The cultivation of trees on agricultural land helps to enrich soils, maintain soil moisture and stop erosion, provide vital habitat for wildlife, as well as store carbon. This practice, where tree and shrub cultivation is incorporated among crops or pasture, is called agroforestry and is the center of attention in a recent study looking at how to reduce the carbon footprint of agriculture.
Birds reduced insect pests in conventional alfalfa by over 33%, according to a new study published in Agriculture, Ecosystems & Environment. Habitat is key: the reduction of pests occurs where crops are near habitat. The study found that the fields with bordering trees had a lower number of pest weevils near those field borders, indicating that birds are very important pest control operators. When farms provide habitat near food sources (in this case pest insects), they benefit more than those farms without habitat on the edges.
Happy New Year! Wild Farm Alliance is excited for 2016, and we are so grateful to begin this new year with you.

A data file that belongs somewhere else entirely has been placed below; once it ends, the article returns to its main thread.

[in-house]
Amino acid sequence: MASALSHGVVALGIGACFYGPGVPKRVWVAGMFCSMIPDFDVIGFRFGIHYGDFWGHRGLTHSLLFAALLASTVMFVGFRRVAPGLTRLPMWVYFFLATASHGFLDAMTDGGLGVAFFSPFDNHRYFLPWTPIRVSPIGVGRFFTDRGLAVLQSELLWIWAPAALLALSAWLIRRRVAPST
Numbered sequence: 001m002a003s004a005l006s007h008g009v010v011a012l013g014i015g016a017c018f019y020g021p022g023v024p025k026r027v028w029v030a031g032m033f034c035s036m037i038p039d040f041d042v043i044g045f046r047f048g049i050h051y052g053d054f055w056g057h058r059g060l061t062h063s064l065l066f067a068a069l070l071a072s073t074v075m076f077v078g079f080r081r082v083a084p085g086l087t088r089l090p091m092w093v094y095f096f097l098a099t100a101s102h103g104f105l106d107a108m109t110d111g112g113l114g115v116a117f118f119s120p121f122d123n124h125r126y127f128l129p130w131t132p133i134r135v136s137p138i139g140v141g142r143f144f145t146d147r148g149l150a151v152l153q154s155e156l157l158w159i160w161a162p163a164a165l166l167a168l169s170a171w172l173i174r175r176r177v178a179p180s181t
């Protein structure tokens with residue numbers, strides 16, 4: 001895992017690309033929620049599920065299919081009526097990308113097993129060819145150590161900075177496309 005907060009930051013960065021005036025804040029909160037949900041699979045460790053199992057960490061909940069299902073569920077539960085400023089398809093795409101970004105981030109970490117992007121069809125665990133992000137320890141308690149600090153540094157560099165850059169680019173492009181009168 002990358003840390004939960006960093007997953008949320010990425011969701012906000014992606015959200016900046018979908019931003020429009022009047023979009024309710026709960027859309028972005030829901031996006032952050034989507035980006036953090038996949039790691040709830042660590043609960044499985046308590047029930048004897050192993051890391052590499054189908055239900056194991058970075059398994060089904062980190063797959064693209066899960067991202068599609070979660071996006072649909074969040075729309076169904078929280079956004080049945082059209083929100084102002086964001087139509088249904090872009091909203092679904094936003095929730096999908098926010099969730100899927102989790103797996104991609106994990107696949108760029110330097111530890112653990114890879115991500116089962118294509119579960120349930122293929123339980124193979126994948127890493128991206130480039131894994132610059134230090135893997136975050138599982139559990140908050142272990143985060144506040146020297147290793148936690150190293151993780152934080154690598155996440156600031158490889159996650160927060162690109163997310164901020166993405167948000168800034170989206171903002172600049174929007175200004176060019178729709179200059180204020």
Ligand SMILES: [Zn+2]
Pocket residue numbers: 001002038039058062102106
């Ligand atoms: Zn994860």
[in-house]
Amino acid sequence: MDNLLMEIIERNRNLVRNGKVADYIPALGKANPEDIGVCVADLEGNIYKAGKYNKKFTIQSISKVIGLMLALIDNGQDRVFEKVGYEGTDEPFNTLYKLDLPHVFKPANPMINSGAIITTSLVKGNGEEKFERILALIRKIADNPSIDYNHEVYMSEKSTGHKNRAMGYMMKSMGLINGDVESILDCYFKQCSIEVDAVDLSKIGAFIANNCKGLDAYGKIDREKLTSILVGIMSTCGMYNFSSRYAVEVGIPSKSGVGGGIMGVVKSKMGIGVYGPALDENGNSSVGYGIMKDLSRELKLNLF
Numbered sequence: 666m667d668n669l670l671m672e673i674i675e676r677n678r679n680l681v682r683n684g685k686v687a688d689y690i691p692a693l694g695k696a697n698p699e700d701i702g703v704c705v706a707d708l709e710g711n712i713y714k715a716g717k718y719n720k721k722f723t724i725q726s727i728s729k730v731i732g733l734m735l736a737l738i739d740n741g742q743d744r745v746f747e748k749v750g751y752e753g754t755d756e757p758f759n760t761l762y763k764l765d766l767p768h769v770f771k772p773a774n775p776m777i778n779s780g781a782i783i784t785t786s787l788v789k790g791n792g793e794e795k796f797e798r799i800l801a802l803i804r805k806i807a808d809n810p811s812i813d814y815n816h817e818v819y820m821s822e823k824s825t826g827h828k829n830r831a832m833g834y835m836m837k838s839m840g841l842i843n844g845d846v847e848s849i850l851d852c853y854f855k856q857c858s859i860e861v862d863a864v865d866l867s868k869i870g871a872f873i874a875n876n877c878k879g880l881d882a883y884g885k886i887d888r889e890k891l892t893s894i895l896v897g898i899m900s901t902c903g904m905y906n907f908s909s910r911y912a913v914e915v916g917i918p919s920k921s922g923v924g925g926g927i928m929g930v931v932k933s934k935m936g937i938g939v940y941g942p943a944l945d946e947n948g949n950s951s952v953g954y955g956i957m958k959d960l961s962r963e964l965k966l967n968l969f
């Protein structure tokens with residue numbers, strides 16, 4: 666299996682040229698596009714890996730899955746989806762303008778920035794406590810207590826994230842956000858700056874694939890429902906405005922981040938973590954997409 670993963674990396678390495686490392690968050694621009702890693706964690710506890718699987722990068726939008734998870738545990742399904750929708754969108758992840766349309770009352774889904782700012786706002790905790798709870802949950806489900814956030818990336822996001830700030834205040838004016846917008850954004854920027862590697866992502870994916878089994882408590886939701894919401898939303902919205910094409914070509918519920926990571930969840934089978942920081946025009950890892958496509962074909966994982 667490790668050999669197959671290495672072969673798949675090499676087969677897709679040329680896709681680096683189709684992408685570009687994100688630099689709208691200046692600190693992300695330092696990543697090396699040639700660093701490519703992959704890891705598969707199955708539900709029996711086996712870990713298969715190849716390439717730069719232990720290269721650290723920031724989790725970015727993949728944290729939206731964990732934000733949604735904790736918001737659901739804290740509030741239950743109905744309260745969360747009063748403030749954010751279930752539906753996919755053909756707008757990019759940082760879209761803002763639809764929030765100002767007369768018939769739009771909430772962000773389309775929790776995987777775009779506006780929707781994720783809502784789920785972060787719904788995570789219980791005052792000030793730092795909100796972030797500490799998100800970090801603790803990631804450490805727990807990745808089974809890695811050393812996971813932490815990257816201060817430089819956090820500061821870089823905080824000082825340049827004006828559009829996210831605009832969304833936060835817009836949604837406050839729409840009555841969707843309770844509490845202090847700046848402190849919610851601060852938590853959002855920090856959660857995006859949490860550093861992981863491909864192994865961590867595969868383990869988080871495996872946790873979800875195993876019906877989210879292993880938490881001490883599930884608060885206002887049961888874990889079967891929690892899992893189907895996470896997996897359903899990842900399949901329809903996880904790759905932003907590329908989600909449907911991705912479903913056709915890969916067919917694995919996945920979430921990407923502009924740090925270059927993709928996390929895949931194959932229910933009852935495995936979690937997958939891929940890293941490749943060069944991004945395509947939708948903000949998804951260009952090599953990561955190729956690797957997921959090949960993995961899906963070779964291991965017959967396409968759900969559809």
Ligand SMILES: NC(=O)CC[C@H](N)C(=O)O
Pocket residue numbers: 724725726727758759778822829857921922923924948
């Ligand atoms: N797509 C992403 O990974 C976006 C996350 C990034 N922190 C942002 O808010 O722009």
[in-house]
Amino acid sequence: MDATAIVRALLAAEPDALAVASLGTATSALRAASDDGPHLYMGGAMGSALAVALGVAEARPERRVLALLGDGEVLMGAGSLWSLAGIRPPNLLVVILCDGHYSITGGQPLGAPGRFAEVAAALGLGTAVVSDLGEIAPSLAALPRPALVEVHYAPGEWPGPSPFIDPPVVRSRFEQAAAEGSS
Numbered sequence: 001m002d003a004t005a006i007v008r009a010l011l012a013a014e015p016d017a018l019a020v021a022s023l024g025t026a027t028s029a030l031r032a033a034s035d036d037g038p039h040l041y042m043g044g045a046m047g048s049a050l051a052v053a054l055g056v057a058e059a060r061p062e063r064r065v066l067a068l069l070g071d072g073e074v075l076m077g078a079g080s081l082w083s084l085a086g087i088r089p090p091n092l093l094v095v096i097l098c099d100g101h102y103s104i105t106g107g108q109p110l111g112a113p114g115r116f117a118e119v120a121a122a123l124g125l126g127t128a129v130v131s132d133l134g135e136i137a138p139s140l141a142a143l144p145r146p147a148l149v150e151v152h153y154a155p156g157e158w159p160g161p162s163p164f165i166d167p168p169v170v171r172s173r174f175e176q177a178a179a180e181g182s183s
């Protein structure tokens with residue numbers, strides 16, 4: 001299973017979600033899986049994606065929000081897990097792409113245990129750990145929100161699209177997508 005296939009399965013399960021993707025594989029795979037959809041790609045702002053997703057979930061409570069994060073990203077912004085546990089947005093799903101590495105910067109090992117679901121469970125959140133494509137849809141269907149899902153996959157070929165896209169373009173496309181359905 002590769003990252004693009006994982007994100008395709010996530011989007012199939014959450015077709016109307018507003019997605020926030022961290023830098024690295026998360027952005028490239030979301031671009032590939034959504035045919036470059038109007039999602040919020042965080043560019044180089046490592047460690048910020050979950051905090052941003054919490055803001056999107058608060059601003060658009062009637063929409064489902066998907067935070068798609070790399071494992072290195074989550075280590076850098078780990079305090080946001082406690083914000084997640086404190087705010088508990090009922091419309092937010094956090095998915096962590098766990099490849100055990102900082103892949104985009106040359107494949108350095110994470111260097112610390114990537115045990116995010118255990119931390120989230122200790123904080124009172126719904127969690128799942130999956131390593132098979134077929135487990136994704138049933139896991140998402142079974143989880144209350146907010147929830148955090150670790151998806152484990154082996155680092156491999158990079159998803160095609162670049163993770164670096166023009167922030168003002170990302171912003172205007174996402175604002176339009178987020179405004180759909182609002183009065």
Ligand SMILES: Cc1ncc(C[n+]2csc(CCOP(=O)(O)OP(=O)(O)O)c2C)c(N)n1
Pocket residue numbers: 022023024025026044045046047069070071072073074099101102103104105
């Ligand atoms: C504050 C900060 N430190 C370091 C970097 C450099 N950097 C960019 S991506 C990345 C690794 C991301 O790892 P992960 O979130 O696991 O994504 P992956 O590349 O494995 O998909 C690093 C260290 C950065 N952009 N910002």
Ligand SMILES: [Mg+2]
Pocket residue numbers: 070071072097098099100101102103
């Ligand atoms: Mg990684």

Your support is the backbone of our work. Because of you, we are starting off 2016 stronger than ever. Last year, you helped strengthen the capacity of farmers to adapt to the impacts of climate change through regenerative agriculture. You also helped to educate consumers about the impact on biodiversity that their food choices have. And finally, your support in 2015 helped finalize the new food safety rule that encourages wildlife habitat on the farm.
With our encouragement, the Food Safety Modernization Act (FSMA) written by Congress sought to make sure that conservation mandates would be addressed in these regulations, and that no conflicts or duplication would occur with the National Organic Program. While we don't like everything in this Produce Rule (there was no attempt to rein in misguided buyer requirements), we feel FDA heard our concerns about conservation.